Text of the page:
- Oral presentation
- Open Access
Improved late gadolinium enhancement imaging of left ventricle with isotropic spatial resolution
© Akcakaya et al; licensee BioMed Central Ltd. 2012
- Published: 1 February 2012
- Late Gadolinium Enhancement
- Hypertrophic Cardiomyopathy
- Late Gadolinium Enhancement Imaging
- Infarct Border Zone
- Isotropic Spatial Resolution
Recent studies have shown the prognostic value of the infarct border zone of late gadolinium enhancement (LGE) images in patients with myocardial infarction . This border zone has also been associated with ventricular arrhythmia [2, 3]. The accuracy of the characterization of this area depends on spatial resolution of the imaging. 3D LGE allows improved spatial resolution, especially in through-plane direction. However imaging with an isotropic spatial resolution necessitates very long scan time. In this study, we sought to investigate if compressed-sensing (CS) based image acceleration method  allows LGE imaging with isotropic spatial resolution.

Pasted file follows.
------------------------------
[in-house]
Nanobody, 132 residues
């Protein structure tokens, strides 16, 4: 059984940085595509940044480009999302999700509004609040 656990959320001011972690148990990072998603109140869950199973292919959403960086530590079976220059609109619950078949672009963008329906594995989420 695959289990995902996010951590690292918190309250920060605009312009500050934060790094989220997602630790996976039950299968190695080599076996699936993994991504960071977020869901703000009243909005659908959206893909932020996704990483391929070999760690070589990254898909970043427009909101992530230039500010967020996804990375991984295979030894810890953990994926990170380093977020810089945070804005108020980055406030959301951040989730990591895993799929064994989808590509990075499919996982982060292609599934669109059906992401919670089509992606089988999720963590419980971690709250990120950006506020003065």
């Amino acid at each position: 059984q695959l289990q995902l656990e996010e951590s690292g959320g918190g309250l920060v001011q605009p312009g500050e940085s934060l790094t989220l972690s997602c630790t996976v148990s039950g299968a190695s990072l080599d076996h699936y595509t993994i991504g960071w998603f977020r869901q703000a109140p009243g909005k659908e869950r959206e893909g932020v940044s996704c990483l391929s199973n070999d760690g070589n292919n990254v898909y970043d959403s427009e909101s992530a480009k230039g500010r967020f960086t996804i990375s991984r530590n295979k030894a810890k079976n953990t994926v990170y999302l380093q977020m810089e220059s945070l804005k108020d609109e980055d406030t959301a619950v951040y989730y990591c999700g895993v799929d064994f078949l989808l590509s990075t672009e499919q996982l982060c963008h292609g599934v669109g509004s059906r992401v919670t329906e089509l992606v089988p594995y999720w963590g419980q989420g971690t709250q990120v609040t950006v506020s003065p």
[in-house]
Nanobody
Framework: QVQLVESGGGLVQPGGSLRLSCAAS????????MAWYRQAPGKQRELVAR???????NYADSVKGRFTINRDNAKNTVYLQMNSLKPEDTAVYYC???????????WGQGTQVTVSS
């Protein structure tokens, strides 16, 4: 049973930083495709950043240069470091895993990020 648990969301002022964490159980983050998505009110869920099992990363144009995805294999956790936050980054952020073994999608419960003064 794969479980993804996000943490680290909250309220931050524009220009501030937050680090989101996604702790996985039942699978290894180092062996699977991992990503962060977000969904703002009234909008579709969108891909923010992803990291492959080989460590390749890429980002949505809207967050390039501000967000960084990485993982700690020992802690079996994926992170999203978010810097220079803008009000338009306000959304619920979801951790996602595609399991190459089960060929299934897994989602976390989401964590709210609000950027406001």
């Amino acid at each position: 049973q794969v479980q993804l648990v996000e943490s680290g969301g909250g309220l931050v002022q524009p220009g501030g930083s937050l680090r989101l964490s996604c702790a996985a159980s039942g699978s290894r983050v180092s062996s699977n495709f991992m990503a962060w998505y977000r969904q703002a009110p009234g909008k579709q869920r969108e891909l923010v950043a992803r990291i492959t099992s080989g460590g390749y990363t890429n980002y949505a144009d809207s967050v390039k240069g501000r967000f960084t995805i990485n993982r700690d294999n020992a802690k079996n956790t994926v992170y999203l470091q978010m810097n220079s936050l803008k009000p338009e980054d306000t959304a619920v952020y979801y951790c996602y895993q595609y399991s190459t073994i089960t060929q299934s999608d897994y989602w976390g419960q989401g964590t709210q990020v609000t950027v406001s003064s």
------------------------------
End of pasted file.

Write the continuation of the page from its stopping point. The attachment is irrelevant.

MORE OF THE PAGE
A prospective random under-sampling LGE acquisition was implemented on 1.5T Philips scanner. A free-breathing ECG-triggered inversion-recovery GRE sequence with navigator-gating was used for all acquisitions on 18 patients (5 females, 52.8±16.3 years) 10 to 20 minutes after bolus infusion of contrast agent. Each subject were imaged using two LGE sequence in random order: a) a 3-fold-accelerated LGE scan with isotropic spatial resolution of 1.2-to-1.7 mm3, b) LGE scan with non-isotropic resolution of 1.7×1.7×4.0mm3 were performed with imaging parameters of TR/TE/α=5.2/2.6ms/25°, FOV=320×320×100mm3. Random undersampling was implemented as described in , where the central k-space (45×35 in ky-kz) was fully-sampled. Acquisition times were 3 mins assuming 100% scan efficiency at 70 bpm for both scans. The images from the accelerated scans were reconstructed using an advanced CS-technique, called LOST .
Accelerated LGE imaging with isotropic spatial resolution allows improved visualization of scar morphology. Further quantitative measurements of infarct border zones in a larger cohort of patients are needed to better understand the prognostic value of the improved scar imaging.
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